Former Editor-in-Chief of the French magazine PowerMag, Frederic Delavier is currently a journalist for the French magazine Le Monde du Muscle and a contributor to several other strength training/bodybuilding publications, including Men's Health Germany. Delavier won the French power-lifting title in 1988 and he makes annual presentations on the sports applications of biomechanics at conferences in Switzerland. His teaching efforts have earned him the Grand Prix de Techniques et de Pedagogie Sportive.
I'm very impressed with this useful book. I've lifted weights for a long time and I appreciate knowing how best to work certain muscles. I also like to do lifts that are easy on former injuries but still work the muscles. This is a perfect book for that.
Knowing what muscles your exercises use is critical to someone serious about gaining strength and building muscle. This book has those answers and is very easy to read and understand.
The book is the best one for both men and women. The author's book for women only deals with the lower part of a woman. News flash . . . we have an upper part too. And furthermore, we care about it just as much as our butts and thighs.
This books covers it all and also has drawings of women as well as men. It's really a great book and if you lift weights (and you should) this book is something you really should have.
It gives you instructions for all of the exercises you'll need and it shows exactly what muscle groups or muscle it works. It helps you avoid injury as well.
A great book. I highly recommend it to both men and women.
The everything strength training and anatomy manual2007/9/16
The everything strength training and anatomy manual
As a strength training enthusiast and a exercise book author, I constantly seek information to bolster my know-how when it comes to fitness. Many books rehash the same stuff time and time again, like a broken record. Some excel beyond the ooze and do what they are supposed to do--educate. Strength Training Anatomy does just that; it is no lightweight when it comes to strength training know-how.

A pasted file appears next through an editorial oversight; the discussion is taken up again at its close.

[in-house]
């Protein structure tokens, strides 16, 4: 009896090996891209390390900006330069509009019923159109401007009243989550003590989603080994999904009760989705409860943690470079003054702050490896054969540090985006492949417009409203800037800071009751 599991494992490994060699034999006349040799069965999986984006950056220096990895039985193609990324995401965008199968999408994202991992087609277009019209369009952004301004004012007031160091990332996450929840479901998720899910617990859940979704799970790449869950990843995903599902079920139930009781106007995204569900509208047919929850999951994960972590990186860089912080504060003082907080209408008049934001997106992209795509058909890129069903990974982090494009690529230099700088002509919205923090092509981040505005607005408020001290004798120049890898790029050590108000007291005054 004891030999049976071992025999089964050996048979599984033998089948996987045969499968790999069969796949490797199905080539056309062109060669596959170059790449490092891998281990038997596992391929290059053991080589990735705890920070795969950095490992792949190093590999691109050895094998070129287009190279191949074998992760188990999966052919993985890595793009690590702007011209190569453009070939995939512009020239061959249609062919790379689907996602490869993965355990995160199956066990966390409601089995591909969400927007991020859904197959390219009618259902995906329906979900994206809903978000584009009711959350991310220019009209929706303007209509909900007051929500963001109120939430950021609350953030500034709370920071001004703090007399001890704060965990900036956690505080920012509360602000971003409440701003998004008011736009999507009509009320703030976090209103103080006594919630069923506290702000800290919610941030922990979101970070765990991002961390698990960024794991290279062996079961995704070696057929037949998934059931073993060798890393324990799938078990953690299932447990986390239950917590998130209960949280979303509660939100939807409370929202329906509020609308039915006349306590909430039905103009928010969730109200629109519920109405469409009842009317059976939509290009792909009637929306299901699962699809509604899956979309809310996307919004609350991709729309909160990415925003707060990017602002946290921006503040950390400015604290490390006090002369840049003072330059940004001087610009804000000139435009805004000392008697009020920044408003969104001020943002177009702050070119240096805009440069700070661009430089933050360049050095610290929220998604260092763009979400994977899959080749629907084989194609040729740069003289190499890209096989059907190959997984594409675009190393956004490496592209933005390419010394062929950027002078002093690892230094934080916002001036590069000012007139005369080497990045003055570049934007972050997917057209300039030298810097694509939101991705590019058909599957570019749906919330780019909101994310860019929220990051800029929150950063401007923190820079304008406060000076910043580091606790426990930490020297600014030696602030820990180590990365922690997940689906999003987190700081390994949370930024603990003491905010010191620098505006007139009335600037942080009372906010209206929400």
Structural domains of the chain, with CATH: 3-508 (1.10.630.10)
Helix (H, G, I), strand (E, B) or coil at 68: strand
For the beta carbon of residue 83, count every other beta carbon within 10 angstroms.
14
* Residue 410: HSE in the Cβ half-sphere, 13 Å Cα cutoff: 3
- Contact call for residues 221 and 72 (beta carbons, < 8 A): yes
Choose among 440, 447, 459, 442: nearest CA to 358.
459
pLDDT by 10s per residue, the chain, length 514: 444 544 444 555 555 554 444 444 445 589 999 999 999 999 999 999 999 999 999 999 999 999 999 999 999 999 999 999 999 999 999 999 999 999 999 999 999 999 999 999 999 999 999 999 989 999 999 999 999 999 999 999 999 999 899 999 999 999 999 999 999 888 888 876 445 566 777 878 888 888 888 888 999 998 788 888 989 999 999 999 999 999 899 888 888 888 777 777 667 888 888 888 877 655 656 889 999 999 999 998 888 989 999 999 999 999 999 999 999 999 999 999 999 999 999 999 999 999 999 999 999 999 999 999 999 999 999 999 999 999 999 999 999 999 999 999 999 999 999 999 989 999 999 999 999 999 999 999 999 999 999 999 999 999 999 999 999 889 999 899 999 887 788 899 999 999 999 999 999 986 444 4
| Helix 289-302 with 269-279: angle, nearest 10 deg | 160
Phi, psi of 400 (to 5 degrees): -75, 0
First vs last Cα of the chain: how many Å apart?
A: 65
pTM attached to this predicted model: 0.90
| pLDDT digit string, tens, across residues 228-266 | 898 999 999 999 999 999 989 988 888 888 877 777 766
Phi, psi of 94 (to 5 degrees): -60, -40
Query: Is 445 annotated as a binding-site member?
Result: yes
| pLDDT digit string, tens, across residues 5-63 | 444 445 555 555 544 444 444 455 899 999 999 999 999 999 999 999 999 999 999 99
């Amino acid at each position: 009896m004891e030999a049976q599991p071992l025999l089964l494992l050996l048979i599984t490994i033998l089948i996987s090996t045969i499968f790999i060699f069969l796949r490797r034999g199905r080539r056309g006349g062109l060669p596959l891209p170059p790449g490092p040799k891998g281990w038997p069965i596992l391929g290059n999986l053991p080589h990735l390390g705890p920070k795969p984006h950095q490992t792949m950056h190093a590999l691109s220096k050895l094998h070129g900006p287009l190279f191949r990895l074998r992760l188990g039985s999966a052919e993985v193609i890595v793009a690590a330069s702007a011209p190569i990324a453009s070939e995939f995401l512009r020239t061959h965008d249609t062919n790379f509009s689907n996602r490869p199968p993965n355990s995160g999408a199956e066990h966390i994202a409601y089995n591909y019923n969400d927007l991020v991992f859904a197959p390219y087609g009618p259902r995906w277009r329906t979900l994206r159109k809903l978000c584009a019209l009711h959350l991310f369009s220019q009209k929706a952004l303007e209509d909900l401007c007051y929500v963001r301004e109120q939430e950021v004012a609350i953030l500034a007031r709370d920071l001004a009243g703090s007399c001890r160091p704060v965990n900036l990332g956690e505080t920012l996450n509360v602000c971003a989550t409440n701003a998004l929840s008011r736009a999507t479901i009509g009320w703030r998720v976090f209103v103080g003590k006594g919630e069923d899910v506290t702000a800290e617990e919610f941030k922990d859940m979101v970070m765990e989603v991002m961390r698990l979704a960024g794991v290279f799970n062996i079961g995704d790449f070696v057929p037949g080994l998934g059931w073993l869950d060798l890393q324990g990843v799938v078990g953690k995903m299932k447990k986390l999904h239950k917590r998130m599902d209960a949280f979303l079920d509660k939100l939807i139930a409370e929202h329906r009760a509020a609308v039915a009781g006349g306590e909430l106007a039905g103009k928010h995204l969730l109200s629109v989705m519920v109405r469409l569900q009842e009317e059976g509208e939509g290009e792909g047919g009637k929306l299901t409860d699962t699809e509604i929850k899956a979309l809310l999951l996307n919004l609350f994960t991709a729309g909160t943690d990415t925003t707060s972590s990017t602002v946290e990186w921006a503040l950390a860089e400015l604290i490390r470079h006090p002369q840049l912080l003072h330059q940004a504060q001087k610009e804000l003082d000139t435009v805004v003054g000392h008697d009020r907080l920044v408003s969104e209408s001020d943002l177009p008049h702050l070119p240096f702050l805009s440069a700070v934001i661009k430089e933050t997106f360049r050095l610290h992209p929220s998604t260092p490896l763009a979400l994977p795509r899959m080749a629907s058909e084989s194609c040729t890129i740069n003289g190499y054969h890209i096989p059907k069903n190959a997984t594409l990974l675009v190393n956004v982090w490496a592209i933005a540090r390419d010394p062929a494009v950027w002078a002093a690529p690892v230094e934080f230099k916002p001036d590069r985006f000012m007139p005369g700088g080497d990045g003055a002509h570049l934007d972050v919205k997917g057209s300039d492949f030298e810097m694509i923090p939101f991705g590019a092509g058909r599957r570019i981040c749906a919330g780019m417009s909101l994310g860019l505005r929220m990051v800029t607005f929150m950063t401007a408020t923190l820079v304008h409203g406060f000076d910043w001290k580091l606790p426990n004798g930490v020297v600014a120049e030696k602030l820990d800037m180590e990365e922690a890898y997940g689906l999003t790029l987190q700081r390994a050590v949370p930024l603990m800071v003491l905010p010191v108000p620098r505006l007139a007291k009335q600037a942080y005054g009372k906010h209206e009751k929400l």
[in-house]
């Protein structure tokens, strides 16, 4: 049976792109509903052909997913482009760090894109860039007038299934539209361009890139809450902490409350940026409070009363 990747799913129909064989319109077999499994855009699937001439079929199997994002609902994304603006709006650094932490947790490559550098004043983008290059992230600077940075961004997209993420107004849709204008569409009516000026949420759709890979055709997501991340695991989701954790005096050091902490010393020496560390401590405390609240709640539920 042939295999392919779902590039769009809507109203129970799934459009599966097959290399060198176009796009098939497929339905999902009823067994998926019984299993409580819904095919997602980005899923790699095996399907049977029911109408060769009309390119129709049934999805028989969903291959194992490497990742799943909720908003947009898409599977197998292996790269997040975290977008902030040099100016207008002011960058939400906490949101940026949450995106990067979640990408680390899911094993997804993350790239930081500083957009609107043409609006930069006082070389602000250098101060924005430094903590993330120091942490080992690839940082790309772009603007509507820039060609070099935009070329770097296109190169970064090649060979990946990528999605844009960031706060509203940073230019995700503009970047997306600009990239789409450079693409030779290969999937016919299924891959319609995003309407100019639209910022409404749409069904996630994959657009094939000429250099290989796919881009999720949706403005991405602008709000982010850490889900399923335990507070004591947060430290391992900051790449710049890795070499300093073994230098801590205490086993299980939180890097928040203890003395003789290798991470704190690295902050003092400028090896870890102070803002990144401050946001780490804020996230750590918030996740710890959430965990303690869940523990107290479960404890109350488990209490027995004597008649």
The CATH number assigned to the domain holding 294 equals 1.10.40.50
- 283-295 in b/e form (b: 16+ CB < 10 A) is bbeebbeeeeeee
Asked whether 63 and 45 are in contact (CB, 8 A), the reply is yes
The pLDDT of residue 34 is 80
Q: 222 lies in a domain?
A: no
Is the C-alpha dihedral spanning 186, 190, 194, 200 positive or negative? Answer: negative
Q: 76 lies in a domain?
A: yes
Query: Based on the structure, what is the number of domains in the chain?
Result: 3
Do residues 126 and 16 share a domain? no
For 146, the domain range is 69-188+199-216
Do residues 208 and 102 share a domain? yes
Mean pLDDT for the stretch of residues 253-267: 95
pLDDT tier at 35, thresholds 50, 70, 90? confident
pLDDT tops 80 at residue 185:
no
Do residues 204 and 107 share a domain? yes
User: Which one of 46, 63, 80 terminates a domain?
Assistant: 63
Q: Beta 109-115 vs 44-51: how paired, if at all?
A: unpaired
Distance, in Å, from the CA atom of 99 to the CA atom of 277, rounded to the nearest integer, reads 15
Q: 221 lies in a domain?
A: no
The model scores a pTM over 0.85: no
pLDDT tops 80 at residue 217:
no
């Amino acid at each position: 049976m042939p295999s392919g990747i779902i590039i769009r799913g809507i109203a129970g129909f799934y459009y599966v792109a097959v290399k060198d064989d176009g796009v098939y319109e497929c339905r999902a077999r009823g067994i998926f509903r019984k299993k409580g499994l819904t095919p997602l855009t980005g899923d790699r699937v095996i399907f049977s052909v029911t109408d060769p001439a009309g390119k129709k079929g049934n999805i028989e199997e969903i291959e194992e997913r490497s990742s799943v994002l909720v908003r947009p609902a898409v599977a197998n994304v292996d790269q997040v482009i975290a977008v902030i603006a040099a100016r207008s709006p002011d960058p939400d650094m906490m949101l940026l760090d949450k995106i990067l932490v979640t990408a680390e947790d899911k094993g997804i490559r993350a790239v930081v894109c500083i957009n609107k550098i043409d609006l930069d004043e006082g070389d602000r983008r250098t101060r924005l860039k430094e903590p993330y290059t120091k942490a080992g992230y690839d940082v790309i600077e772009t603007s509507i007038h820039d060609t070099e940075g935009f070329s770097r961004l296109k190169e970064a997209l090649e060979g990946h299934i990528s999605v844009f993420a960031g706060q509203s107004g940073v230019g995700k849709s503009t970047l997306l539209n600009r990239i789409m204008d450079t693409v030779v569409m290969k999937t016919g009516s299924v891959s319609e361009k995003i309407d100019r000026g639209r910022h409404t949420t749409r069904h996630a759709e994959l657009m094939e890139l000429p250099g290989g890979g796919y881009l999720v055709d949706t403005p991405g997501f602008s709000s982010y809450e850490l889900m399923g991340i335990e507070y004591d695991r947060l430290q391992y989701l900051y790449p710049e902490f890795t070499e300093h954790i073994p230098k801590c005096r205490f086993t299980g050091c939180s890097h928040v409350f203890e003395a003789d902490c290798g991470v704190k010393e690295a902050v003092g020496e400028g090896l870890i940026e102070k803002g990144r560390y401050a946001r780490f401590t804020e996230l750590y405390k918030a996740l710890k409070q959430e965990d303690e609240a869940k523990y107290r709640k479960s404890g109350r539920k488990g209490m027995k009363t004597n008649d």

This book breaks every conceivable strength training exercise down into muscle groups. It teaches exactly how to perform multiple exercises for every body part. It also uses extensive illustrations to indicate exactly which prime and secondary muscles are called into play for each exercise. I believe to train most effectively you must have some understanding of the muscular system--how muscles work, their function during exercise. I have found no better book to teach this.
My advice is buy it, keep it on your shelf, and reference it often. Congratulations, Frederic; there is a reason you have sold so many copies of this book.
Hope this helps, Craig Nybo, [ ... ]
Incredibly Well Illustrated2008/2/27
Chan Joon Yee
The drawings in this book are certainly some of the best I've seen in this category.
In terms of content, this book is divided into various body parts namely arms, shoulders, chest, back, legs, buttocks and abdomen. There are more than 10 exercises under each section. For each body part, a series of exercises highlighting the muscles involved are presented. All active muscles are highlighted and the passive ones are labelled as well. Note accompany the drawings to provide instructions on how each exercise should be performed.
Both male and female bodies are featured. Exercises featured include those using free weights and machines. After reading this book, anyone interested in strength training (not necessarily serious bodybuilding) should be able to choose a few exercises that will suit his/her needs. No need for expensive gym equipment or memberships. The book shows us that some highly effective exercises can be performed at home or the children's playground.
Once again, the drawings are simply awesome. A great reference book for anyone who is intrested in strength training.
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Excellent Guide to Muscles2006/12/14
This is by far one of the best books out there for viewing exactly how each muscle will be worked during a vast variety of different weight training excercises. I use it often as I rearrange my work-outs. Avoid the women's book as it barely includes any upper body. Just use this one for both men and women.
An excellent motivator - it is frequently in my hands at 5am2006/4/21
Brett A. Saffell
At one point I thought I knew what I needed to know to benefit from regular weight-lifting. I'd look forward to new editions of Men's Health in order to learn about new exercises to help motivate myself. Thanks to this book, I've realized just how little I really knew, and I can get the motivation of a new exercise or a fresh workout every time I pick this book off the shelf. In fact on cold, dark, early mornings it is frequently in my hands, motivating me to get out the door to the gym before work.
I would agree with previous reviewers - the diagrams are excellent and educational. Also, the sections on weight-lifting injuries (and how to avoid them) are invaluable.
I feel like I should mention that this is the only weight-lifting book I've ever purchased - it is the first and only title I've ever needed.